Preserving Evidence After A Car Accident
After a car accident, the parties involved will likely file insurance claims with their own providers in an effort to recover compensation for accident-related losses. If, however, these policies are exceeded, then the insurers may attempt to seek compensation from the driver who caused the accident. Unfortunately, this is often easier said than done, as it requires the collection of strong evidence of liability. It is important that this evidence be preserved properly, so that it can be used to help determine fault.
There are a lot of different types of evidence that a car accident victim can use when attempting to prove fault for a crash, including:
- Witness testimony from bystanders who saw the accident occur;
- Physical evidence from the scene of the accident, including photographs;
- Video recordings from dashboard, traffic, cellphone, or nearby security cameras;
- Police reports;
- Vehicle damage repair estimates; and
- Accident reconstruction models and diagrams.
Unfortunately, obtaining and preserving some types of evidence can be complicated, especially if they are held by an opposing party. There are, however, steps that claimants and their attorneys can take to legally bar someone from destroying or hiding evidence.
The Duty to Preserve Evidence
Generally, we are all free to destroy, or do whatever we want, with our own property. Things can become a bit more complicated, however, when someone else has a legal interest in that property. A surveillance video from a business, for instance, that caught what happened during an accident at a nearby intersection, would be valuable to the parties involved in the crash. Fortunately, courts have set down specific rules for the preservation of evidence. Under Florida law, for example, people have a duty to preserve evidence that they reasonably foresee being used in a lawsuit. For some, including other parties to an accident, being involved in a collision is enough notice of conflict to satisfy this standard. In other cases, such a duty to preserve evidence will only exist if a claimant first sends a written request asking the party to do so.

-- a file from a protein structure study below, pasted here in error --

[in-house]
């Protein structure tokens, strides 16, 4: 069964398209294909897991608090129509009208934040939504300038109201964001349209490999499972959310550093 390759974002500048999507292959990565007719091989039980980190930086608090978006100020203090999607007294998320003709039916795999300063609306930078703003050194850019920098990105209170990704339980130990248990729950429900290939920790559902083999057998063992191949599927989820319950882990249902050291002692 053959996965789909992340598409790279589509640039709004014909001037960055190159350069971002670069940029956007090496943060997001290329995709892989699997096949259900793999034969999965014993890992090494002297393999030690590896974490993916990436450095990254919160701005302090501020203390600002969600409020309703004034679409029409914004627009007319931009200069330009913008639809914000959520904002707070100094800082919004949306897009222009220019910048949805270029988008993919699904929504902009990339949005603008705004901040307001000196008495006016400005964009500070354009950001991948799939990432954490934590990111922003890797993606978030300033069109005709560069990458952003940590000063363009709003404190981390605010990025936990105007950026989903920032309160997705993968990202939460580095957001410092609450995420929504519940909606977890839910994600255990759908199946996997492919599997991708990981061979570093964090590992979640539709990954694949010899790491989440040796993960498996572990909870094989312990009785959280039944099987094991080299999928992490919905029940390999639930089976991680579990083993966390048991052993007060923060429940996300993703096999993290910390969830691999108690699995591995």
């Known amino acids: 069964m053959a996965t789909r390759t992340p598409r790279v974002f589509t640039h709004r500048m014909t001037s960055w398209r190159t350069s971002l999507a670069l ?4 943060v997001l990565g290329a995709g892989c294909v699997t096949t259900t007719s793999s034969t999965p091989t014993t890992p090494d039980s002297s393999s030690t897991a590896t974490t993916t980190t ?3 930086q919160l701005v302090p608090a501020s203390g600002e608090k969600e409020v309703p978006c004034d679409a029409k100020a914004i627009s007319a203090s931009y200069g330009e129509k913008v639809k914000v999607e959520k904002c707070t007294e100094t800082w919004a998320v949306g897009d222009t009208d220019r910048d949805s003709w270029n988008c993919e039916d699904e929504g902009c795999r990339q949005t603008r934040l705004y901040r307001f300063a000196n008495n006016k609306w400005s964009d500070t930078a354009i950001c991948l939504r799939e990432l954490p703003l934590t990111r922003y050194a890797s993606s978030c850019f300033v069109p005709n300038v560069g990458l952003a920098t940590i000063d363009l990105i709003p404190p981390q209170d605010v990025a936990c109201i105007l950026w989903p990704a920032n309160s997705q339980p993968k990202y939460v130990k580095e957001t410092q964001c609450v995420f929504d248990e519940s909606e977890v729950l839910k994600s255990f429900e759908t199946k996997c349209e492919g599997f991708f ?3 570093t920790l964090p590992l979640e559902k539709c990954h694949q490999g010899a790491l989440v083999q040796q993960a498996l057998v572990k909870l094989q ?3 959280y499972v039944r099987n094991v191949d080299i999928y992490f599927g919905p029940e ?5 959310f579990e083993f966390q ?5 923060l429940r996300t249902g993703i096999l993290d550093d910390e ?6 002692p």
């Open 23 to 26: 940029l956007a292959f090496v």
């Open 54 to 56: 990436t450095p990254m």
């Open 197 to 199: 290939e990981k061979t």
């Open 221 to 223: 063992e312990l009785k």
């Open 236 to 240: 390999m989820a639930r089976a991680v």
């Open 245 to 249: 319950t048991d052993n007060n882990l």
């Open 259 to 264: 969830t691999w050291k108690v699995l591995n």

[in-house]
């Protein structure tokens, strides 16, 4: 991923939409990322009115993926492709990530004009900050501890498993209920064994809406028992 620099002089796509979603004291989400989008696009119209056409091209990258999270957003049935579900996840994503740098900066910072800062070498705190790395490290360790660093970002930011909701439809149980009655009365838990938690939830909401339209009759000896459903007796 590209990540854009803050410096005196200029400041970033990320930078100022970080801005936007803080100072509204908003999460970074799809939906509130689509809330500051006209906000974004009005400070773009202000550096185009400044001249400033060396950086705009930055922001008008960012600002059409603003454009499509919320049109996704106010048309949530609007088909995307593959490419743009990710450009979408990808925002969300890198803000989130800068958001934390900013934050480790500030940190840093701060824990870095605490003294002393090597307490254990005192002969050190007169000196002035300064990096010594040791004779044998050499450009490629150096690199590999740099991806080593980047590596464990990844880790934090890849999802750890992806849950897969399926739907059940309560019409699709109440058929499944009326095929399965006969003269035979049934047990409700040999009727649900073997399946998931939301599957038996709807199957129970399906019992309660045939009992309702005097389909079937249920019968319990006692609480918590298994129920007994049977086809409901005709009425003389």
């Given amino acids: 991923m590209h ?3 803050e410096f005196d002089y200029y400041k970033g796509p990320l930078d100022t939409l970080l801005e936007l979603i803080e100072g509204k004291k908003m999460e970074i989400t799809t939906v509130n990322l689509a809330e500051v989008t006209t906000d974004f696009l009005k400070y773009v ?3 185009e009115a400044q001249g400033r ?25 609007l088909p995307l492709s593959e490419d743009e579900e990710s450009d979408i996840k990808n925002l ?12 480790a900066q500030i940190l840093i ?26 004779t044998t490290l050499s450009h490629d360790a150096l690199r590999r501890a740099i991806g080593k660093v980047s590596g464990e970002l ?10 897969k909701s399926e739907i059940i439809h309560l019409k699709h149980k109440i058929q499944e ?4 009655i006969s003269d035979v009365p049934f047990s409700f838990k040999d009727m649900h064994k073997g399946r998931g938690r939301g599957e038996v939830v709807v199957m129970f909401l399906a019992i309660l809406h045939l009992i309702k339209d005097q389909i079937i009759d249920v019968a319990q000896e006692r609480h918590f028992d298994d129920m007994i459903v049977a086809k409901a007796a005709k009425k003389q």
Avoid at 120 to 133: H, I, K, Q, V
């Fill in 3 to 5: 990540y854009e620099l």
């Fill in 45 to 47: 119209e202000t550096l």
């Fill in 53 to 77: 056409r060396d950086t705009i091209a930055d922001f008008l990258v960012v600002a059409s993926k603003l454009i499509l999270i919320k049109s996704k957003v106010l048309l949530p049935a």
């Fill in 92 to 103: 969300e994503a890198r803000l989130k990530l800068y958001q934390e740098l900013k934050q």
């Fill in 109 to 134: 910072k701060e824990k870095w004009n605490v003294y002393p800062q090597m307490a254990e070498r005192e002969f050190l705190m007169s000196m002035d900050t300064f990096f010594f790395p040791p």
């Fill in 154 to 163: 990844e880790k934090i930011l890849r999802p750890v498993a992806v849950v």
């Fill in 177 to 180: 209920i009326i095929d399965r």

Sending a Preservation of Evidence Letter
The best way for claimants to preserve evidence after a car accident is to send a written request to the owner of that evidence. This letter should include a description of the evidence to be preserved, as well as the claimant’s intention to file a civil lawsuit. Without a clear request, a person or business could avoid responsibility for preserving evidence in its control, which could have dire consequences for the outcome of a car accident suit. Someone who violates this request by wrongfully destroying evidence could face severe penalties from the court.
Call Today for Help with Your Florida Car Accident
As experienced Maitland car accident lawyers, we are well-versed in how to obtain and preserve evidence for our clients. To learn more about this process and how we can help protect evidence in your own car accident case, please contact Goldman Law, P.A. online or call us at 407-960-1900 today.